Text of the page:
Decenber 2013/January 2014 Teacher's Guide for Global Climate Change: a reality Check Table of Contents

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Arctic Sea IceSeptember, 2012, had the lowest sea ice extent on record, 49 percent below the 1979-2000 average for that month.
Glaciers - On average, glaciers worldwide have been losing mass since at least the 1970s which in turn has contributed to observed changes in sea level. Measurements from a smaller number of glaciers suggest that they have been shrinking since the 1940s. The rate at which glaciers are losing mass appears to have accelerated over roughly the last decade.
Lake Ice - The time that lakes stay frozen has generally decreased since the mid-1800s. For most of the lakes in this indicator, the duration of ice cover has decreased at an average rate of one to two days per decade.
Snowfall - Total snowfall has decreased in most parts of the country since widespread observations became available in 1930, with 57 percent of stations showing a decline.
Snow Cover - Looking at averages by decade suggests that the extent of North America covered by snow has decreased somewhat over time. The average extent for the most recent decade (2003–2012) was 3.18 million square miles, which is 4 percent (132,000 square miles) smaller than the average extent during the first 10 years of measurement (1972–1981).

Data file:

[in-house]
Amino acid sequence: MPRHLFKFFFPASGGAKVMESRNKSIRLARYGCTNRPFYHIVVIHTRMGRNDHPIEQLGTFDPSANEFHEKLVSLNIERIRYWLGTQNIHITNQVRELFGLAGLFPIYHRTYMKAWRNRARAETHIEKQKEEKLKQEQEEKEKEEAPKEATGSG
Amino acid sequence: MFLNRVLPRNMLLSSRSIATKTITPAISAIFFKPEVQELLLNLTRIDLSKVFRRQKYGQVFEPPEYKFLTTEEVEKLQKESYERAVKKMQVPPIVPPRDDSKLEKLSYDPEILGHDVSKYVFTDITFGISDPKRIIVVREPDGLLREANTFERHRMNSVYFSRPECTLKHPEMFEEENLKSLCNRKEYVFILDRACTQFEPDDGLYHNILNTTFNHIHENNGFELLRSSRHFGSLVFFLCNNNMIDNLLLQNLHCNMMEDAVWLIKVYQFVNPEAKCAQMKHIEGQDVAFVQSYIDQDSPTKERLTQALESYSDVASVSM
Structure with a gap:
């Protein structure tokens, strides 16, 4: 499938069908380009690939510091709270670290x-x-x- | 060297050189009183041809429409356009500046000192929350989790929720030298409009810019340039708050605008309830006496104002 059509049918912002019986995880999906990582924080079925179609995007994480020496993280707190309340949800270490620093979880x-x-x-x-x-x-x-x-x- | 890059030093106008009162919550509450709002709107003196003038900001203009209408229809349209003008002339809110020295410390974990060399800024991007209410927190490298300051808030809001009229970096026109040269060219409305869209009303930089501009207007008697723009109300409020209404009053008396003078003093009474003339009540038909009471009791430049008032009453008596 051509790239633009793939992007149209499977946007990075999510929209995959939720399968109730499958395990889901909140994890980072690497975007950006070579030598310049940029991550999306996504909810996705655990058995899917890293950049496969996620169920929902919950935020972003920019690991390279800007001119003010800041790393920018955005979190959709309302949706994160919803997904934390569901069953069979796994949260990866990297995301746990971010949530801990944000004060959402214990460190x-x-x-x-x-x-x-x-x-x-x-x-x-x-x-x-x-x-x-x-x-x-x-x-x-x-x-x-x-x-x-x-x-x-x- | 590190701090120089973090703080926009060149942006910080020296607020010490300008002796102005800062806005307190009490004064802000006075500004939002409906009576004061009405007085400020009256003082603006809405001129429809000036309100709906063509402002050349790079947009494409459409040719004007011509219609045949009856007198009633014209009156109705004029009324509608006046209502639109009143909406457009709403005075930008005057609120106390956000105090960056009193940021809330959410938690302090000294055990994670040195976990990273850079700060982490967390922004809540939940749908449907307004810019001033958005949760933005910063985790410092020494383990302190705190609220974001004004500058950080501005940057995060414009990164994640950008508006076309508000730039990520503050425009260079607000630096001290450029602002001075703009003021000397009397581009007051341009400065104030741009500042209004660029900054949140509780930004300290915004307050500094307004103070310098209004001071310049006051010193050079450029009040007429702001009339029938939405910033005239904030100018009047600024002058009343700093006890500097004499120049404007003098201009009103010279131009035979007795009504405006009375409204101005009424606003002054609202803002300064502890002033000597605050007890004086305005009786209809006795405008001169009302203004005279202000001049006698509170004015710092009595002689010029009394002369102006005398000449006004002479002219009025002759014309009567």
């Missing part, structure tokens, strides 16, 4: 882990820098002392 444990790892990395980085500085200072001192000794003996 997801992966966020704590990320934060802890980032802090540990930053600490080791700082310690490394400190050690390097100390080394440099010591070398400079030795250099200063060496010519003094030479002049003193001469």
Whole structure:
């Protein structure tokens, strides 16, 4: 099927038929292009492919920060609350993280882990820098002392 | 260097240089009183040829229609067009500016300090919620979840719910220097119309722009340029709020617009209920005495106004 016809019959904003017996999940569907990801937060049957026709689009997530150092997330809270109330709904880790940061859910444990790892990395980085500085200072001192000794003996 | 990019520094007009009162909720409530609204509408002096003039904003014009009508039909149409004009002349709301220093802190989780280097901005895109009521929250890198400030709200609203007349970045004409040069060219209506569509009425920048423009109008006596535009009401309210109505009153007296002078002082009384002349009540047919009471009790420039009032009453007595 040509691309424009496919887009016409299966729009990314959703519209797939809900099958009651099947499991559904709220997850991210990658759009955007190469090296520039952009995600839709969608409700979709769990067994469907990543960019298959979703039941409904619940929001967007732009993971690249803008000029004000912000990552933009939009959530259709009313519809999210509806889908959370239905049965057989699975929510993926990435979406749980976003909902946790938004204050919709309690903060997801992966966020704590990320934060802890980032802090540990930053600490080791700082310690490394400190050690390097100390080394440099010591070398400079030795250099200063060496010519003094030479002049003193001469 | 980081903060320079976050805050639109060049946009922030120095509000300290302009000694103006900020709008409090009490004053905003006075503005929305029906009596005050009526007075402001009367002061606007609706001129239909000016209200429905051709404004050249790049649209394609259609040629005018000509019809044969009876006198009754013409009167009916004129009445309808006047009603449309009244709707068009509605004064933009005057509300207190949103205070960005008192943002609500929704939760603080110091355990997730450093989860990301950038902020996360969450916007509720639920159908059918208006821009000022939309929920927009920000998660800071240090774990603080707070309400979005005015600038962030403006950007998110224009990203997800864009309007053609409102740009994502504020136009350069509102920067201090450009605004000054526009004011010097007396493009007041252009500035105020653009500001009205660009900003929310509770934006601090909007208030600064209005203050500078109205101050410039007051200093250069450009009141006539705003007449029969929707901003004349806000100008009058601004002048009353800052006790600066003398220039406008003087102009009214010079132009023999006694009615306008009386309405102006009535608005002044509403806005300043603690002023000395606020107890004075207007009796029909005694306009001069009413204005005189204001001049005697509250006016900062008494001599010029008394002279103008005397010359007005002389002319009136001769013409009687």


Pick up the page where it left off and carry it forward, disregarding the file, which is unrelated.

Snowpack - From 1950 to 2000, April snowpack declined at most of the measurement sites with some relative losses exceeding 75 percent.
As you discuss this article with students, it is important to reference the data that is being accumulated to support the reality of climate change. You will notice that each data set above and the data in the original EPA source may not provide conclusive evidence for climate change, but the accumulation of data paints a fairly conclusive picture of climate change.

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